Red Bean Soup | Tang Yuan

by Sarah

in Asian Dishes, Breakfast, Dairy-Free, Desserts, Egg-Free, vegan


Hello! Update: Some of you have asked me where to find certain cooking tools and ingredients, particularly Asian cooking and cake decorating material, so I have set up an amazon shop with links to where I get the things I use. There are annotations under many items about how I use it, and if you have any questions feel free to leave a comment under the link and I’ll get back to you.

Particularly you may wonder what certain Asian cooking ingredients look like. There are pictures of these in the shop to so you can browse and find all the ingredients in this soup. Whether you buy it from amazon or your local Asian store is totally up to you! Amazon is easier if you don’t live by an Asian store, but if you are in close proximity to the actual store you should get it there because it will come in smaller quantities instead of in bulk (but if you like this soup so much you want to buy red beans in bulk, I would be so flattered). Now onto the recipe today :)


This red azuki bean soup is a classic Chinese dessert soup that tastes sweet and velvety. It’s typically served in restaurants after a meal, but can also be eaten for breakfast or part of the main meal. This soup can be eaten warm or chilled, depending on if you like hot or cold desserts.

This soup tastes very soft and luxurious, because the red beans are cooked until they are mushy and their contents have spilled out. To achieve this texture (with minimal work) I use a slow cooker. In the morning I add everything into the slow cooker, and when I come back in the afternoon I add some sugar and it’s ready to eat. You can also make this over night, or in just 3 hours if you cook it on high in the slow cooker. This soup can also be made in a pot, however you will need to watch the pot on the stove so it will take more work. If you are looking for a slowcooker, the one I use is the Crockpot slowcooker in the 3 quart size. I have a very old one handed down to me by my mom when she got a new slowcooker, but it is the same slowcooker as this updated one. The 3 quart size is perfect for 1-2 people, but if you have a family you might consider getting the 6 quart slow cooker. You can find additional info on the slowcooker as well as other kitchen tools I use in the shop!

Red Bean Soup | Tang Yuan

The ingredients in this soup are mostly found in a Chinese supermarket. For the soup components, we have red azuki bean (also spelled adzuki), lotus root, rock sugar, and barley. These are almost exclusively in the dry goods aisle, and there will be many different brands of azuki bean or lotus root, etc. I don’t think it matters which particular brand you go with, so you can use any one you want.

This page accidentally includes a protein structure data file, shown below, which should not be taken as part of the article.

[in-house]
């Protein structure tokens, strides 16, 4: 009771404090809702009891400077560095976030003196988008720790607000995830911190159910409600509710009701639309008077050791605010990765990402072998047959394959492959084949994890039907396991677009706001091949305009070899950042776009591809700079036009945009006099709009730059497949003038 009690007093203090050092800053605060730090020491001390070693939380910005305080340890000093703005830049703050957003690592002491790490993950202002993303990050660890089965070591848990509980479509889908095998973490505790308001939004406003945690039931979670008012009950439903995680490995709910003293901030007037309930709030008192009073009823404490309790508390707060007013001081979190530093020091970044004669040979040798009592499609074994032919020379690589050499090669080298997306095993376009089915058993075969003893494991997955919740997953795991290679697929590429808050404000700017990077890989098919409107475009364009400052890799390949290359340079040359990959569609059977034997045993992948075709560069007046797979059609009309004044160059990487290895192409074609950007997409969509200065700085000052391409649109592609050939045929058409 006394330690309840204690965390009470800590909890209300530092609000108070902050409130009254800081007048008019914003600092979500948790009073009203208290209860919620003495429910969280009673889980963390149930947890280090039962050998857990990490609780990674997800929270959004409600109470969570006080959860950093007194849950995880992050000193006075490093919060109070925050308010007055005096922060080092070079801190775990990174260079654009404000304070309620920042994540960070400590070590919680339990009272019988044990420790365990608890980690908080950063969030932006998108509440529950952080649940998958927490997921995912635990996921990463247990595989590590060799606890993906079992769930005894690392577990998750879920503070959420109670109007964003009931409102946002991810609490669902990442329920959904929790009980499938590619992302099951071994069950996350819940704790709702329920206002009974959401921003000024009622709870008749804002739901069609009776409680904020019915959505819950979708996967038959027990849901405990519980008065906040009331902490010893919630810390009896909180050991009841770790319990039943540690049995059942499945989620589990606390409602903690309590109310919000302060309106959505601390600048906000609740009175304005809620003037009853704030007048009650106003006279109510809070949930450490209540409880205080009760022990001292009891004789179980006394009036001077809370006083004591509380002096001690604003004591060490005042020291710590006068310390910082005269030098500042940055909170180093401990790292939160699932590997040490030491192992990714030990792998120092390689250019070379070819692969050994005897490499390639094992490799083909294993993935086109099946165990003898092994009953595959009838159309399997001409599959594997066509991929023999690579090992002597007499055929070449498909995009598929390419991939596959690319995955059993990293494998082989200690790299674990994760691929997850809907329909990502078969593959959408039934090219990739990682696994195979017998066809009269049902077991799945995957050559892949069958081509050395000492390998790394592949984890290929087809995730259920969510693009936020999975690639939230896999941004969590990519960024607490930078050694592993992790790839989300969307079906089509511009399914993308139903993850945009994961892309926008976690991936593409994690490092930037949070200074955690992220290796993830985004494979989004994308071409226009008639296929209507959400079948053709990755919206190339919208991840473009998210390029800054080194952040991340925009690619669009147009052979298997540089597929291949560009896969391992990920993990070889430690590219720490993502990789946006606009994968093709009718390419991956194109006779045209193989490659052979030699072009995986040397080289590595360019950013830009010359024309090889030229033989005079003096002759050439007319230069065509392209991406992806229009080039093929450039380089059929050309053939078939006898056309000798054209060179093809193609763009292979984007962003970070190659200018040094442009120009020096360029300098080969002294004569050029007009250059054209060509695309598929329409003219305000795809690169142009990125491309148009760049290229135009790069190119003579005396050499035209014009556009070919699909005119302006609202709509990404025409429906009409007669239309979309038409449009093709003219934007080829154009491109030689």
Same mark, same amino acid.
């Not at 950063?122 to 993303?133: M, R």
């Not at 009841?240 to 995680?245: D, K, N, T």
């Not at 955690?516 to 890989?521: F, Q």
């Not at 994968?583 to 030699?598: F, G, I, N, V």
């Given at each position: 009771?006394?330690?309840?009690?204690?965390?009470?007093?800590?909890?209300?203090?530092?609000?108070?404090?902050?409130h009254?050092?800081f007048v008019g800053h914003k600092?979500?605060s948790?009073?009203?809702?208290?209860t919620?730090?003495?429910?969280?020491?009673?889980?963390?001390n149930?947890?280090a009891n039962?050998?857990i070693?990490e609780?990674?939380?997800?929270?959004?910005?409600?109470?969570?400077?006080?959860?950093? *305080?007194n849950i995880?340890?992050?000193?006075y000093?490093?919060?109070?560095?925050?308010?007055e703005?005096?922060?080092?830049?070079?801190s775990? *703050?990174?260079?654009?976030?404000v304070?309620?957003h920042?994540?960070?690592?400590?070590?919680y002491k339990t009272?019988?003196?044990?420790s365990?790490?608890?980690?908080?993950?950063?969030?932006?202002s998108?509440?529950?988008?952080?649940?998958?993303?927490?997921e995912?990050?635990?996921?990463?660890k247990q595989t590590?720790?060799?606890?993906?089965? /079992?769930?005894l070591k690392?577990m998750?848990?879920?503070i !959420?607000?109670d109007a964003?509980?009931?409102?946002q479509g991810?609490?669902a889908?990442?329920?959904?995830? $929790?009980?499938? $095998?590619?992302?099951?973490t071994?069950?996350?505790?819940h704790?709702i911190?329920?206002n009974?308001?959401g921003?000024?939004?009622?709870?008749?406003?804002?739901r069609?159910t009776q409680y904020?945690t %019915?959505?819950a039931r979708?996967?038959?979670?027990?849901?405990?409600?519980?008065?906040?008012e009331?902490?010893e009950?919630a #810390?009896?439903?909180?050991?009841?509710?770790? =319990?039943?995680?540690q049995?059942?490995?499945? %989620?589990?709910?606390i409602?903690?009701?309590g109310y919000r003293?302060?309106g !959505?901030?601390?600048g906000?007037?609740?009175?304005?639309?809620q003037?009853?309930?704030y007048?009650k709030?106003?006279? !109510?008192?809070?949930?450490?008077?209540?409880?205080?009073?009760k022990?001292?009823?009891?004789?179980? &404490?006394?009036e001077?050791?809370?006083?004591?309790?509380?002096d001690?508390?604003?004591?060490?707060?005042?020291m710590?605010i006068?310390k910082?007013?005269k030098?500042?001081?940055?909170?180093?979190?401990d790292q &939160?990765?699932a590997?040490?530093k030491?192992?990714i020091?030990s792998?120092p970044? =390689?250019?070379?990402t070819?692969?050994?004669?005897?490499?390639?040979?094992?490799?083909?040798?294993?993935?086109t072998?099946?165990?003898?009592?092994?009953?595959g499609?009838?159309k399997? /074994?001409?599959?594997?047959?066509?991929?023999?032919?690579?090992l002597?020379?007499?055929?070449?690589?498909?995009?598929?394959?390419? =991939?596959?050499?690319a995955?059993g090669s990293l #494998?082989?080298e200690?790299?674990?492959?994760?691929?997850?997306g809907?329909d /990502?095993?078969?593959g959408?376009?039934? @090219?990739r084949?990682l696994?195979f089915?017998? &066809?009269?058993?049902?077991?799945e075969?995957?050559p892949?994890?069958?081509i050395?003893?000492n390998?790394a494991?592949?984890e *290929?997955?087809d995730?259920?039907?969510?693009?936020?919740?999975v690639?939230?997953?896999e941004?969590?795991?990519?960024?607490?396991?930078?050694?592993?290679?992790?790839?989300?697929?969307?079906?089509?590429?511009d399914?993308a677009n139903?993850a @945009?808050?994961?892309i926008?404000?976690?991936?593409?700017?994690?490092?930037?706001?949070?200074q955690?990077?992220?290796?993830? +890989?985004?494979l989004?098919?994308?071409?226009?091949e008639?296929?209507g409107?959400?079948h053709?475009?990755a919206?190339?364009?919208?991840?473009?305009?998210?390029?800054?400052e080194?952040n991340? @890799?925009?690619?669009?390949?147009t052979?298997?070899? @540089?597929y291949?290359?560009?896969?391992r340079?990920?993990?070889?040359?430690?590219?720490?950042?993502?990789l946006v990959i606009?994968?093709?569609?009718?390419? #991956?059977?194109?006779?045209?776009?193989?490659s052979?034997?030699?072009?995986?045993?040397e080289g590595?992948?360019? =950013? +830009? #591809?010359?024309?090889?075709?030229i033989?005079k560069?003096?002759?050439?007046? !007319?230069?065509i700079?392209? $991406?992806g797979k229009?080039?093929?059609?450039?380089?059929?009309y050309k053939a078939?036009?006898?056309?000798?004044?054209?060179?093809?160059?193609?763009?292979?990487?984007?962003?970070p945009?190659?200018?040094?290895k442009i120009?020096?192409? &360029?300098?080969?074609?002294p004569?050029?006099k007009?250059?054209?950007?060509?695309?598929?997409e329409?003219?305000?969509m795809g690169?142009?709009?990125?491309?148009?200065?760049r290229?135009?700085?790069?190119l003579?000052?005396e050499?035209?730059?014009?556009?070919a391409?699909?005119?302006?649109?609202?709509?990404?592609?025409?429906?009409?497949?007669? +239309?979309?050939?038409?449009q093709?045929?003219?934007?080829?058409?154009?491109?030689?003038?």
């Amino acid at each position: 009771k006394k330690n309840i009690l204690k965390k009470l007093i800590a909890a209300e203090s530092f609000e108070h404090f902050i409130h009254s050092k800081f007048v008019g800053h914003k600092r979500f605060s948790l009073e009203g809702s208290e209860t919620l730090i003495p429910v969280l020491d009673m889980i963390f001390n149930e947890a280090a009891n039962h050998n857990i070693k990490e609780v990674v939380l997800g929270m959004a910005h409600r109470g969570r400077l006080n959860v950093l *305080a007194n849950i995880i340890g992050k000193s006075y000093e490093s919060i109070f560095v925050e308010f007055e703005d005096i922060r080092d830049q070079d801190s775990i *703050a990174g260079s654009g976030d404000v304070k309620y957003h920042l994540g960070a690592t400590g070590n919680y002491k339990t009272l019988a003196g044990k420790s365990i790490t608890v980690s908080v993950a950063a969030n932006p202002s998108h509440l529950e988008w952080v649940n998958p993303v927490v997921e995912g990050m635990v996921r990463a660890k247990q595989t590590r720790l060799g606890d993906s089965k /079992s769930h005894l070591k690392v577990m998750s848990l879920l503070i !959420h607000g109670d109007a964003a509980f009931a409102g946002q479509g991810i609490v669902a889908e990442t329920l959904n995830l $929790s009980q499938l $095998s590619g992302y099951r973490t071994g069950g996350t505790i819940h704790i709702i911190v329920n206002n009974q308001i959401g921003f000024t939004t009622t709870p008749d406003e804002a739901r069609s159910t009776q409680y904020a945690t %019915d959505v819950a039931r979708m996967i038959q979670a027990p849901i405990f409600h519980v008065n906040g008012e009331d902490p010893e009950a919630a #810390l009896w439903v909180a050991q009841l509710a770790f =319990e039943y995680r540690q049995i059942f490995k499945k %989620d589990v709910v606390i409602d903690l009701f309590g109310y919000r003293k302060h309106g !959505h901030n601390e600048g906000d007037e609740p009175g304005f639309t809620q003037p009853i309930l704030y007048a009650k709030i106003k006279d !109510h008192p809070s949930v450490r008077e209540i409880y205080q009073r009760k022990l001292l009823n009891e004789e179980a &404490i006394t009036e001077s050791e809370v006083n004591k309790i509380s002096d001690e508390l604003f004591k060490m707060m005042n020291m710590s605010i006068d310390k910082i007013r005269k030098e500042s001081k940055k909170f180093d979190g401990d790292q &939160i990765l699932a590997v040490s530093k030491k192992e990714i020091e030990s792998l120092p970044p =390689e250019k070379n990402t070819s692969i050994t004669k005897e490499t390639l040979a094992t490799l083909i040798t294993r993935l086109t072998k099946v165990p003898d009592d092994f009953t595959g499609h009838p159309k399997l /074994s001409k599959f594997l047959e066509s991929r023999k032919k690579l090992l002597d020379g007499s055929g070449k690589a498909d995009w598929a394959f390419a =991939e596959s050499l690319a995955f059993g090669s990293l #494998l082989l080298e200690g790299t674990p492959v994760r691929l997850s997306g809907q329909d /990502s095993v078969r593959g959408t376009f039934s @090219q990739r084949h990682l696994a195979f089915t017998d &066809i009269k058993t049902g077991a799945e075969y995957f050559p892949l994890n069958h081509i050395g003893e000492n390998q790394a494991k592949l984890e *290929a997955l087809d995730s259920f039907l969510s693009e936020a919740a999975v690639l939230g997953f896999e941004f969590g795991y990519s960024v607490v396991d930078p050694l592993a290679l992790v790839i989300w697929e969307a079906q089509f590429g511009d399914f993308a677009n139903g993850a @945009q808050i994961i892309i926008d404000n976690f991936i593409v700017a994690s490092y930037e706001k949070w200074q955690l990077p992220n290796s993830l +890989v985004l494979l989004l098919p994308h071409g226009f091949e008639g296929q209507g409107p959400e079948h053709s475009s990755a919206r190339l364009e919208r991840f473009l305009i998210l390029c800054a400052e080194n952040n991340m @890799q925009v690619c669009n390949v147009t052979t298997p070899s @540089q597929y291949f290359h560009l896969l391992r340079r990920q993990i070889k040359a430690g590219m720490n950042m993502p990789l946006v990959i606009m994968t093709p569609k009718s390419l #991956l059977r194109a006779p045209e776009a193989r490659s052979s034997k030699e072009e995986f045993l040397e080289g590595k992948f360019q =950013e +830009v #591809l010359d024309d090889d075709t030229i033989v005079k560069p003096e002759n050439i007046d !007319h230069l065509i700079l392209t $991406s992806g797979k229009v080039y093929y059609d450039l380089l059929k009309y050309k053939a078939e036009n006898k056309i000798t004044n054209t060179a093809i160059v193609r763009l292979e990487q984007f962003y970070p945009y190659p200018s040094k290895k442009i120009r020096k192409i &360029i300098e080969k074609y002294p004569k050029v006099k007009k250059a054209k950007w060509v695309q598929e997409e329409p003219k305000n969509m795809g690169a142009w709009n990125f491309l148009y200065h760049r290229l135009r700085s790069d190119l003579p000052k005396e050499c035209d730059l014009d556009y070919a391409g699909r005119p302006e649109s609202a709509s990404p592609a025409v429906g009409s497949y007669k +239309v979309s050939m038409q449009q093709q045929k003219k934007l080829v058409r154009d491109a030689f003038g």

ingredients for red bean soup with tang yuan |

The yuan xiao, also called tang yuan, are found in the frozen section by the dumplings. They are coated in a white dough and filled with a sweet paste. The paste comes in many flavors, most typically black bean, peanut, and red bean. Since it is a red bean soup, I recommend the red bean flavor. Despite looking like white rocks in the non-cooked form, these cook very fast, just 5 minutes in boiling water (boil until they float to the top of the water) so don’t add them to the slow cooker. Adding these are optional, but if you choose to do so I recommend boiling some and adding it to the soup right before serving.



Red Bean Soup | Tang Yuan


  • 200g Red Azuki Bean (about 1.5 cups)
  • 1 tablespoon barley
  • 1/4-1/2 cup dried lily bulb
  • 4-5 lotus seed (optional)
  • 1 Liter water
  • 3/4 cup rock sugar (amount depends on desired sweetness)
  • 1 package frozen tang yuan (yuan xiao)


  1. Put all ingredients except the rock sugar in the slowcooker. Cook 3 hours on high or overnight on low (I put mine in for 7 hours on low).
  2. Add Rock sugar 20 minutes before serving. Add 1/4 cup at a time, stirring for 1 minute and letting the slow cooker run a few minutes before adding more sugar. Stop adding when it has reached desired sweetness (can be from 1/4 cup to 1 cup!)
  3. Right before serving, boil frozen tang yuan (also called yuan xiao) in hot water until floating (about 5 minutes). Then scoop out and add 2-3 balls to each bowl of soup.


Adding Tang Yuan (yuan xiao) is optional.

Leave a Comment

{ 2 comments… read them below or add one }

1 Sally May 23, 2015 at 6:03 pm

Yum! This looks very healthy. Do you know how long it would take on the stovetop instead of the slowcooker?


2 Sarah May 23, 2015 at 6:11 pm

Hi Sally! If you boil everything on the stove top, it will probably take about 45 minutes on medium to medium-high heat. Since every stove is different, the key to knowing if it’s done is to see if your red beans are soft and split open.


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